The British Press Complaints Commission is holding a blog to the same journalistic standards as a news entity.
That is, the Spectator is being “censured” for comments by the magazine’s blogger about street crime and race. This is the first time a newspaper or magazine has been censured over a blog, according to the statement on the PCC Web site.
“This is a significant ruling because it shows that the PCC expects the same standards in newspaper and magazine blogs that it would expect in comment pieces that appear in print editions,” Yahoo News reported the director of the PCC Stephen Abell said.
The blog, written by Rod Liddle for Spectator magazine on December 5, claimed that “The overwhelming majority of street crime, knife crime, gun crime, robbery and crimes of sexual violence in London is carried out by young men from the African-Caribbean community.”
“There is plenty of room for robust opinions, views and commentary but statements of fact must still be substantiated if and when they are disputed. And if substantiation isn’t possible, there should be proper correction by the newspaper or magazine in question,” Abell said in the Yahoo! News report.
“The complaint was considered because it was on a blog of magazine which subscribed and is part of the newspaper and magazine self-regulatory system,” said Jonathan Collett, communications director for the Press Complaints Commission, in an e-mail to StinkyJournalism. “We have had a handful of complaints previous relating to newspaper and magazines blogs but there has either been sufficient remedial action by the publisher or the complaint has not been upheld. This was the first occasion where we have found an outstanding breach of the Code about a blog.”
While Spectator magazine – and Liddle – argued a blog is supposed to encourage discussion, the PCC statement said the magazine couldn’t publish inaccurately and hope for comments to counter defamations against an entire community. The blog was found by the PCC to fail the accuracy clause of the Editors’ Code of Practice, which says:
i) The Press must take care not to publish inaccurate, misleading or distorted information, including pictures.
ii) A significant inaccuracy, misleading statement or distortion once recognised must be corrected, promptly and with due prominence, and – where appropriate – an apology published.
iii) The Press, whilst free to be partisan, must distinguish clearly between comment, conjecture and fact.
iv) A publication must report fairly and accurately the outcome of an action for defamation to which it has been a party, unless an agreed settlement states otherwise, or an agreed statement is published.
The PCC wrote on its Web site that there wasn’t enough evidence to prove that either Liddle’s statement was true or that his statement was an opinion.
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“These are not new standards applied to bloggers,” Collett wrote in an e-mail to StinkyJournalism. “The PCC’s jurisdiction extends only to newspaper and magazine websites that voluntarily adhere to the Code it enforces. This is the merely the first occasion on which a complaint against a journalistic blog (appearing on a newspaper or magazine site) has been upheld. All blogs related to newspapers and magazines which subscribe and adhere to the PCC self-regulatory system are expected to abide by the Editors’ Code of Practice which the PCC enforces in the UK.”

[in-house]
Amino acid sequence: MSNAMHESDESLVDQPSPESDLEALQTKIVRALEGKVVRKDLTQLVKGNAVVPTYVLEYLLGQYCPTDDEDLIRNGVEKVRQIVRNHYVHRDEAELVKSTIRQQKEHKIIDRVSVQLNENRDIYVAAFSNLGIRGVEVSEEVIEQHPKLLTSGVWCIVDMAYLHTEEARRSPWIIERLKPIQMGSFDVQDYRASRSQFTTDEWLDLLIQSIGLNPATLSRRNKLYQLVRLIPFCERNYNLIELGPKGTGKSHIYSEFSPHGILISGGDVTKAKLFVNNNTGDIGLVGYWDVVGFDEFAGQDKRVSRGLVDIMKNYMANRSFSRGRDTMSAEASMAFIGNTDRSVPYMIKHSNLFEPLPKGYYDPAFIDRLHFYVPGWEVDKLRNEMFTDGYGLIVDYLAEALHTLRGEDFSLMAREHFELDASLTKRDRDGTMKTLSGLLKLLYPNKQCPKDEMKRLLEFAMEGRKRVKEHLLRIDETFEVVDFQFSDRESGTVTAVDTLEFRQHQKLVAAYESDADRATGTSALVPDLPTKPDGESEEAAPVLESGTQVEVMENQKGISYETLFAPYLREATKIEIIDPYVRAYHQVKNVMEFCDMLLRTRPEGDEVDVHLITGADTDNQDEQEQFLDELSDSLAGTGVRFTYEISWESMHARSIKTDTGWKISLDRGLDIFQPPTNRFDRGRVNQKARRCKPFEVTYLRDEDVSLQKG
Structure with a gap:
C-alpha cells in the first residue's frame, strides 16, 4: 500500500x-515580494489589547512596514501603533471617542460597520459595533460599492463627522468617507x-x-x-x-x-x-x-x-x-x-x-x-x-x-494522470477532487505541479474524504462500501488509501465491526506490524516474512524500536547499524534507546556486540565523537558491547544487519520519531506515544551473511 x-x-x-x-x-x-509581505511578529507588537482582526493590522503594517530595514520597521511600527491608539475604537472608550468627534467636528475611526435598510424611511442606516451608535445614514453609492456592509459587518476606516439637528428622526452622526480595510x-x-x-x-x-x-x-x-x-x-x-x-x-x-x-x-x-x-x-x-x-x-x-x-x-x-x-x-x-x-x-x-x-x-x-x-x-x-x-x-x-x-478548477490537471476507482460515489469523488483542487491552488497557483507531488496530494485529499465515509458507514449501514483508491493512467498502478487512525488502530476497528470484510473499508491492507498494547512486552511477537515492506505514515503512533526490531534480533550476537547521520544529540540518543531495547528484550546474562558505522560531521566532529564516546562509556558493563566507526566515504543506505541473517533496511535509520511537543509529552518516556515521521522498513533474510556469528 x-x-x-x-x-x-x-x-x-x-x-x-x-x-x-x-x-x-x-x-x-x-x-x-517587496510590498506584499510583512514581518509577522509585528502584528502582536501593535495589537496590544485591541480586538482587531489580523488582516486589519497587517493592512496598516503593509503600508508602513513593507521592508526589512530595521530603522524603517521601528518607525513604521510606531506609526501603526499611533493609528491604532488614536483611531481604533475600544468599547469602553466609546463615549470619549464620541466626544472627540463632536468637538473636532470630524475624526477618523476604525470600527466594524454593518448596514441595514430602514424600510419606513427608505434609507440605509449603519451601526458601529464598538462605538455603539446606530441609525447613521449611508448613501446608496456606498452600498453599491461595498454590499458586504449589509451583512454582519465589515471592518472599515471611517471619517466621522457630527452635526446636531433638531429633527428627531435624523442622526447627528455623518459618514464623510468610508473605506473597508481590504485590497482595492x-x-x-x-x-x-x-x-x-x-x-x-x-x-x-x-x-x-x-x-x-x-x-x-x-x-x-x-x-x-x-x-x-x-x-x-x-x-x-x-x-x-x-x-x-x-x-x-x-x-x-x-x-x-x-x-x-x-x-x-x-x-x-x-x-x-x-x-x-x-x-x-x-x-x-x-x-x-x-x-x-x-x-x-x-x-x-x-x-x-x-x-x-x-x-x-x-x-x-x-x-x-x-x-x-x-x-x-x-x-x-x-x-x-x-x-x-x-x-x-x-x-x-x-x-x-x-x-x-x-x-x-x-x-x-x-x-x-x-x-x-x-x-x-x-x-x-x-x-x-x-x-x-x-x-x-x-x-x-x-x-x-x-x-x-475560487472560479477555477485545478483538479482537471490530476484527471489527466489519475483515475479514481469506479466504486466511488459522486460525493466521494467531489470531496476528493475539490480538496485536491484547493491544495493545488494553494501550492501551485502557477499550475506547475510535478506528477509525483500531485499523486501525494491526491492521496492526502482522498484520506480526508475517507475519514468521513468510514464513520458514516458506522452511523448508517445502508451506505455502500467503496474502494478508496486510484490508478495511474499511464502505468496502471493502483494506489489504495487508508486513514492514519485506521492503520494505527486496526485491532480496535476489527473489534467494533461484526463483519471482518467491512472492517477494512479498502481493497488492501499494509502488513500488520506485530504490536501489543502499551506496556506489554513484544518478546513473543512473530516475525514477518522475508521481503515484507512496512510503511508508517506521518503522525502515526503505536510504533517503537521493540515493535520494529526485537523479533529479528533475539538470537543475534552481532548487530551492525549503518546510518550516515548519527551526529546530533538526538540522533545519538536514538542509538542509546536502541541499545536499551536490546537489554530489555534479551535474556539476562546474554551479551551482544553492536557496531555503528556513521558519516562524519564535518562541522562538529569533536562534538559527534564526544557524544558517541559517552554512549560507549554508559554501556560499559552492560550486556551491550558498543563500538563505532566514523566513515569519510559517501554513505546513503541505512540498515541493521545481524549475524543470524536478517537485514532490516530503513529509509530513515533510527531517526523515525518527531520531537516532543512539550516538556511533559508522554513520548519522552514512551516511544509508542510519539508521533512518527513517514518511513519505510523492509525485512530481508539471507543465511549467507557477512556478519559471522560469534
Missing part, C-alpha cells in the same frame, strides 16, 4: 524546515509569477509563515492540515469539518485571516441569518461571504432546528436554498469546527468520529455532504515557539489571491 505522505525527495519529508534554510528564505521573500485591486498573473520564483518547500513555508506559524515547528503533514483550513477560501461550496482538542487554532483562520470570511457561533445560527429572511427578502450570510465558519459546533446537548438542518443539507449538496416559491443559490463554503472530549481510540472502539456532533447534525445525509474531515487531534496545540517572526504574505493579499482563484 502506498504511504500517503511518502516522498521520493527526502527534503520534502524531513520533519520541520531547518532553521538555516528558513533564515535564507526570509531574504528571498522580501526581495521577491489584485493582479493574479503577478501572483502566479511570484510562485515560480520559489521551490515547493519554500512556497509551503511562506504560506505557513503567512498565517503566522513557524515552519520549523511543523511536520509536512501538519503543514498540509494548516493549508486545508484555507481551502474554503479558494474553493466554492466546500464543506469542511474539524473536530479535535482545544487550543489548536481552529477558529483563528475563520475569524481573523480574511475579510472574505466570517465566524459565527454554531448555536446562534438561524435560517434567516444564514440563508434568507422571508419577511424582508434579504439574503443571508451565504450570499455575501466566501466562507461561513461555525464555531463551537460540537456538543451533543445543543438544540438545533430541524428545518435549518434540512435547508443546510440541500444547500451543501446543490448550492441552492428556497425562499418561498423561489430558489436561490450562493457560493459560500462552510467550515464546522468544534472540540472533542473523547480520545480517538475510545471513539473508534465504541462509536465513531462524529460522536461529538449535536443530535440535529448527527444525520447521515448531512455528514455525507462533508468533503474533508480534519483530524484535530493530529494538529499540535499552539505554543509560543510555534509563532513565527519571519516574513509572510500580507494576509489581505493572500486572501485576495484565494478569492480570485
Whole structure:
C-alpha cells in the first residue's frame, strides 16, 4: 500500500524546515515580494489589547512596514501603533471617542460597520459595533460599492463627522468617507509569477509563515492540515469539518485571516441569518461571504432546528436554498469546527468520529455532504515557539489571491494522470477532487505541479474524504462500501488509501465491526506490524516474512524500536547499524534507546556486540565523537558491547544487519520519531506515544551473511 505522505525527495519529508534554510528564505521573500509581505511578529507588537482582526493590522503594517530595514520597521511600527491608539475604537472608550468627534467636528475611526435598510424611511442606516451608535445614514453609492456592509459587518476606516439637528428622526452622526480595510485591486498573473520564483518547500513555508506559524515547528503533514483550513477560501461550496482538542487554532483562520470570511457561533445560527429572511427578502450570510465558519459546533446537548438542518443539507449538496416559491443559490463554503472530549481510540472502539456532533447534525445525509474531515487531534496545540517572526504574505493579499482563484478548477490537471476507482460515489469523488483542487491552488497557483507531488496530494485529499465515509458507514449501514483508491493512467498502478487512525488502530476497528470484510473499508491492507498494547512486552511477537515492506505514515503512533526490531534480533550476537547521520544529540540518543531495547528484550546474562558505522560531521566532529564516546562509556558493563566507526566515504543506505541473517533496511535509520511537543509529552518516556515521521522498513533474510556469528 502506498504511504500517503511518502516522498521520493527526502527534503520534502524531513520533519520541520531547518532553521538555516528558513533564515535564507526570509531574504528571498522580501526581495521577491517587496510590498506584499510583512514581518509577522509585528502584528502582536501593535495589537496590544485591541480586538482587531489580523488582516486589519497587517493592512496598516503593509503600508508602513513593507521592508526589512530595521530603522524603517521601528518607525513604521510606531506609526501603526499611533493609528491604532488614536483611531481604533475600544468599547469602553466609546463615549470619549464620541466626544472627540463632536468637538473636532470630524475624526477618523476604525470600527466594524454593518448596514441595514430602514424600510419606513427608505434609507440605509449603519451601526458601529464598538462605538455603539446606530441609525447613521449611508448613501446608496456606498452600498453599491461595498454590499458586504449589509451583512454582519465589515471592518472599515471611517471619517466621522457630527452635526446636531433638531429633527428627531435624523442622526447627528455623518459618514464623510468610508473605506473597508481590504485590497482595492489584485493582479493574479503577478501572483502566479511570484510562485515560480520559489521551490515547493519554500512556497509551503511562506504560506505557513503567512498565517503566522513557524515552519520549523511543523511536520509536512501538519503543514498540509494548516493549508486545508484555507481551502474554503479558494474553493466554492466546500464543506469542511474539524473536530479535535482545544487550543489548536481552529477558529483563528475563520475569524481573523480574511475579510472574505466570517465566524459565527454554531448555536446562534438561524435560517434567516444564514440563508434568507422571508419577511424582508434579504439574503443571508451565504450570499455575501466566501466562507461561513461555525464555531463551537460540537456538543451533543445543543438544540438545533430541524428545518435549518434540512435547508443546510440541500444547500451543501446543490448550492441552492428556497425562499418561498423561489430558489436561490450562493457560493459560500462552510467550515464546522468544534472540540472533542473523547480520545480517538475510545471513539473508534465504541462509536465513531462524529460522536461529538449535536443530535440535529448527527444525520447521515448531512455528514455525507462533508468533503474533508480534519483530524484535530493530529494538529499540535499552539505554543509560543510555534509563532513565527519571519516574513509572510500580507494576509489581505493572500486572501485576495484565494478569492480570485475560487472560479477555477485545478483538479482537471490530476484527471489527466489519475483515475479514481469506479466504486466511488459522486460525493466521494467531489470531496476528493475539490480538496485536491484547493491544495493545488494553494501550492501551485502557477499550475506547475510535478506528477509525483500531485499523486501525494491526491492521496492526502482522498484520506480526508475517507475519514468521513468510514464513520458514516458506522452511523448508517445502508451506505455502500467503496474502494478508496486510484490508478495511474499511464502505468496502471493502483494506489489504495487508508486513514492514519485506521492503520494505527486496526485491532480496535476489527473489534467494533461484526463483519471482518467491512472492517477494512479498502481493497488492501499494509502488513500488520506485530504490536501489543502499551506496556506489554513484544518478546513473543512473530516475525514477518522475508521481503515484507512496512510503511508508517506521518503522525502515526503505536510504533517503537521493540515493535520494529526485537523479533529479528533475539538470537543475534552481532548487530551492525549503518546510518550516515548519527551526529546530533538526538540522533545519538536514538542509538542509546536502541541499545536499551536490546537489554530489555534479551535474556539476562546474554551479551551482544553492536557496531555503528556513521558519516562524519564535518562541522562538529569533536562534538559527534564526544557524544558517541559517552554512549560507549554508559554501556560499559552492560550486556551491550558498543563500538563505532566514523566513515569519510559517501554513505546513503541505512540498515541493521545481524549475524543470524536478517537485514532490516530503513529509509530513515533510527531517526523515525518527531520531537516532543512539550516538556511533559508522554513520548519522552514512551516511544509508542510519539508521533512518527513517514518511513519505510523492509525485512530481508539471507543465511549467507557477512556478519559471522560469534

Spectator’s Web site includes its argument that “blogging was a conversational medium in which readers were able to disagree with the writer’s opinion immediately, as had happened in this case. In that sense, the piece as a whole had been written by the columnist and those who had commented. In addition, it had published a separate blog by another author in which the accuracy of the claim was called into question.”
“A blog is different because it has to be a conversation, otherwise there’s no point in having a blog,” the BBC reported Liddle said.
As citizen media site Agora Vox blogged “Before all the UK’s bloggers get worried, first of all, there’s no danger of the PCC going round censuring bloggers. To start with, the PCC is only concerned with newspapers and magazines who subscribe to its funding body. Secondly, it can only censure, which is largely name-and-shame, and it cannot impose fines. However, while Britain has always had libel laws, it would appear that it’s just become a bit harder to defend (inaccurate) commentary by saying that it was an opinion and not a fact. You have been warned.”
The Spectator is a “weekly right-wing magazine,” and will have to publish “an authoritative correction online,” The New Straits Times reported. As Collett wrote in an e-mail to StinkyJournalism, “The Spectator has published the full adjudication and links on its homepage and to the relevant blog.”
Regarding censure, PCC representative Jonathan Collett wrote in an e-mail to StinkyJournalism:
“The PCC’s greatest sanction is issuing a critical adjudication against a newspaper or magazine. This is a very strong deterrent which effectively acts as a powerful ‘name and shame’ sanction as editors do not like having to publicise their mistakes to their staff, readers and competitors. Under the system of self regulation the publication will then have to publish this text in full on its own pages, with a headline reference to the PCC, and with ‘due prominence’.”
“If the breach is particularly serious (and the Spectator case is not an example of this), the Commission can also refer the editor to his or her publisher. As most editors (and, increasingly, many journalists) have adherence to the PCC Code written into his or her employment contract, a serious breach can have severe consequences in terms of their future employment.”
StinkyJournalism has contacted Liddle and Spectator magazine for comment and will update with any response.